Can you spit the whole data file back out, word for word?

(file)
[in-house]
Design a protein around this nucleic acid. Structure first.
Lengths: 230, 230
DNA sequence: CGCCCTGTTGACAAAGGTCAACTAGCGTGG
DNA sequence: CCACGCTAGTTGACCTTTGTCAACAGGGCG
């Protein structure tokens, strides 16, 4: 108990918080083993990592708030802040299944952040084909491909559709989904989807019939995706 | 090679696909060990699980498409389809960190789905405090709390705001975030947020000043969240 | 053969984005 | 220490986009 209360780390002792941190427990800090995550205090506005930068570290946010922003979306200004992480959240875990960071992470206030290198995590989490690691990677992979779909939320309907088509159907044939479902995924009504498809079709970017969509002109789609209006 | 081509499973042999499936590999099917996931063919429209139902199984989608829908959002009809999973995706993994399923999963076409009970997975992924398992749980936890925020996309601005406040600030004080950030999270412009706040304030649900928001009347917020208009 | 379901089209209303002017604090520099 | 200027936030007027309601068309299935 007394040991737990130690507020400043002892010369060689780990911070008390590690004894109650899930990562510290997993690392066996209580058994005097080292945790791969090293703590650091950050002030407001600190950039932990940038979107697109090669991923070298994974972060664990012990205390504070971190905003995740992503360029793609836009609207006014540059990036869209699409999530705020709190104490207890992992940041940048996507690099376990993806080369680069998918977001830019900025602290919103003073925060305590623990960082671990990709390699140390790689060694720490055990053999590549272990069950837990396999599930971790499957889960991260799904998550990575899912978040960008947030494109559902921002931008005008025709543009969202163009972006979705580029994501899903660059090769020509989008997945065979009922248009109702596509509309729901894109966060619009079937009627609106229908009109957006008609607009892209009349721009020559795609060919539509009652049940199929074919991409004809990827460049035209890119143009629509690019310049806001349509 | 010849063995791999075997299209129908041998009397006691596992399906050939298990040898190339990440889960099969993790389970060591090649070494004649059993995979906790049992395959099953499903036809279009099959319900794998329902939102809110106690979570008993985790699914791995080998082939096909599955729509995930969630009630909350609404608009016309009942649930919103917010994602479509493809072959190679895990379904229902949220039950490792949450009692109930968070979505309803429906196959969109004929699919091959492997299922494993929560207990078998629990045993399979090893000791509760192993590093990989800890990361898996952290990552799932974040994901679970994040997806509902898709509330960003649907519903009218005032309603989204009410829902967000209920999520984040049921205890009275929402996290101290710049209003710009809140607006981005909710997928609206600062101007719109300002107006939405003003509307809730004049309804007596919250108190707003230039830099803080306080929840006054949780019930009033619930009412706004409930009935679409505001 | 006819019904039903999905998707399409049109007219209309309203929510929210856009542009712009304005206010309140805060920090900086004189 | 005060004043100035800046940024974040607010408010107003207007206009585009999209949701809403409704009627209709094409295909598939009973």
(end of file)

[in-house]
Design a protein around this nucleic acid. Structure first.
Lengths: 230, 230
DNA sequence: CGCCCTGTTGACAAAGGTCAACTAGCGTGG
DNA sequence: CCACGCTAGTTGACCTTTGTCAACAGGGCG
């Protein structure tokens, strides 16, 4: 108990918080083993990592708030802040299944952040084909491909559709989904989807019939995706 | 090679696909060990699980498409389809960190789905405090709390705001975030947020000043969240 | 053969984005 | 220490986009 209360780390002792941190427990800090995550205090506005930068570290946010922003979306200004992480959240875990960071992470206030290198995590989490690691990677992979779909939320309907088509159907044939479902995924009504498809079709970017969509002109789609209006 | 081509499973042999499936590999099917996931063919429209139902199984989608829908959002009809999973995706993994399923999963076409009970997975992924398992749980936890925020996309601005406040600030004080950030999270412009706040304030649900928001009347917020208009 | 379901089209209303002017604090520099 | 200027936030007027309601068309299935 007394040991737990130690507020400043002892010369060689780990911070008390590690004894109650899930990562510290997993690392066996209580058994005097080292945790791969090293703590650091950050002030407001600190950039932990940038979107697109090669991923070298994974972060664990012990205390504070971190905003995740992503360029793609836009609207006014540059990036869209699409999530705020709190104490207890992992940041940048996507690099376990993806080369680069998918977001830019900025602290919103003073925060305590623990960082671990990709390699140390790689060694720490055990053999590549272990069950837990396999599930971790499957889960991260799904998550990575899912978040960008947030494109559902921002931008005008025709543009969202163009972006979705580029994501899903660059090769020509989008997945065979009922248009109702596509509309729901894109966060619009079937009627609106229908009109957006008609607009892209009349721009020559795609060919539509009652049940199929074919991409004809990827460049035209890119143009629509690019310049806001349509 | 010849063995791999075997299209129908041998009397006691596992399906050939298990040898190339990440889960099969993790389970060591090649070494004649059993995979906790049992395959099953499903036809279009099959319900794998329902939102809110106690979570008993985790699914791995080998082939096909599955729509995930969630009630909350609404608009016309009942649930919103917010994602479509493809072959190679895990379904229902949220039950490792949450009692109930968070979505309803429906196959969109004929699919091959492997299922494993929560207990078998629990045993399979090893000791509760192993590093990989800890990361898996952290990552799932974040994901679970994040997806509902898709509330960003649907519903009218005032309603989204009410829902967000209920999520984040049921205890009275929402996290101290710049209003710009809140607006981005909710997928609206600062101007719109300002107006939405003003509307809730004049309804007596919250108190707003230039830099803080306080929840006054949780019930009033619930009412706004409930009935679409505001 | 006819019904039903999905998707399409049109007219209309309203929510929210856009542009712009304005206010309140805060920090900086004189 | 005060004043100035800046940024974040607010408010107003207007206009585009999209949701809403409704009627209709094409295909598939009973």